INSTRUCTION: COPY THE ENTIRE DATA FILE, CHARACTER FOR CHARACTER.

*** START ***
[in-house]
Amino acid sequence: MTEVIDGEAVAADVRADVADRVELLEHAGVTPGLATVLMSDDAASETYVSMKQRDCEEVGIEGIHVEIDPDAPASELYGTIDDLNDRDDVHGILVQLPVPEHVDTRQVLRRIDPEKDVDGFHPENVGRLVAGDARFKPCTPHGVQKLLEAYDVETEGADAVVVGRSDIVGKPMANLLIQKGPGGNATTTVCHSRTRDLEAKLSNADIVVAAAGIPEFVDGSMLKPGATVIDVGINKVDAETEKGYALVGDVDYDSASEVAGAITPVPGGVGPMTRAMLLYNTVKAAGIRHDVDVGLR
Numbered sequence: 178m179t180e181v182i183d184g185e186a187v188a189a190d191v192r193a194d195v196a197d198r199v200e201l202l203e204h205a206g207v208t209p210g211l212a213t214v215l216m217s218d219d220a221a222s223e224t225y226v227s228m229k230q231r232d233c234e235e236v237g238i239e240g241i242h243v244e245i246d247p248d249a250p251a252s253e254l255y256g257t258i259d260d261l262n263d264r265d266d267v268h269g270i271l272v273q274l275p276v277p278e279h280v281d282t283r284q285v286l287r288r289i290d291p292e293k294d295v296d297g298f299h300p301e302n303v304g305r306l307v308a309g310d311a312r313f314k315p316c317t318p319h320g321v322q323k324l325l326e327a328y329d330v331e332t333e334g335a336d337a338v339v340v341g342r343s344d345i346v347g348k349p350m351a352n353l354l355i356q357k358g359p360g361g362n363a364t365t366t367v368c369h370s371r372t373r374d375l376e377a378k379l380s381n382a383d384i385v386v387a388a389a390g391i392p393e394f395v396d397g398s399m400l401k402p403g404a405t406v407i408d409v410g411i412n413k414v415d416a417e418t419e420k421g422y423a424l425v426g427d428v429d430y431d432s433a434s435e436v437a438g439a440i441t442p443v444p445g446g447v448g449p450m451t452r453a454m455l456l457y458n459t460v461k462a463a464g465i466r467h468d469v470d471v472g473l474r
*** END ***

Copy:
[in-house]
Amino acid sequence: MTEVIDGEAVAADVRADVADRVELLEHAGVTPGLATVLMSDDAASETYVSMKQRDCEEVGIEGIHVEIDPDAPASELYGTIDDLNDRDDVHGILVQLPVPEHVDTRQVLRRIDPEKDVDGFHPENVGRLVAGDARFKPCTPHGVQKLLEAYDVETEGADAVVVGRSDIVGKPMANLLIQKGPGGNATTTVCHSRTRDLEAKLSNADIVVAAAGIPEFVDGSMLKPGATVIDVGINKVDAETEKGYALVGDVDYDSASEVAGAITPVPGGVGPMTRAMLLYNTVKAAGIRHDVDVGLR
Numbered sequence: 178m179t180e181v182i183d184g185e186a187v188a189a190d191v192r193a194d195v196a197d198r199v200e201l202l203e204h205a206g207v208t209p210g211l212a213t214v215l216m217s218d219d220a221a222s223e224t225y226v227s228m229k230q231r232d233c234e235e236v237g238i239e240g241i242h243v244e245i246d247p248d249a250p251a252s253e254l255y256g257t258i259d260d261l262n263d264r265d266d267v268h269g270i271l272v273q274l275p276v277p278e279h280v281d282t283r284q285v286l287r288r289i290d291p292e293k294d295v296d297g298f299h300p301e302n303v304g305r306l307v308a309g310d311a312r313f314k315p316c317t318p319h320g321v322q323k324l325l326e327a328y329d330v331e332t333e334g335a336d337a338v339v340v341g342r343s344d345i346v347g348k349p350m351a352n353l354l355i356q357k358g359p360g361g362n363a364t365t366t367v368c369h370s371r372t373r374d375l376e377a378k379l380s381n382a383d384i385v386v387a388a389a390g391i392p393e394f395v396d397g398s399m400l401k402p403g404a405t406v407i408d409v410g411i412n413k414v415d416a417e418t419e420k421g422y423a424l425v426g427d428v429d430y431d432s433a434s435e436v437a438g439a440i441t442p443v444p445g446g447v448g449p450m451t452r453a454m455l456l457y458n459t460v461k462a463a464g465i466r467h468d469v470d471v472g473l474r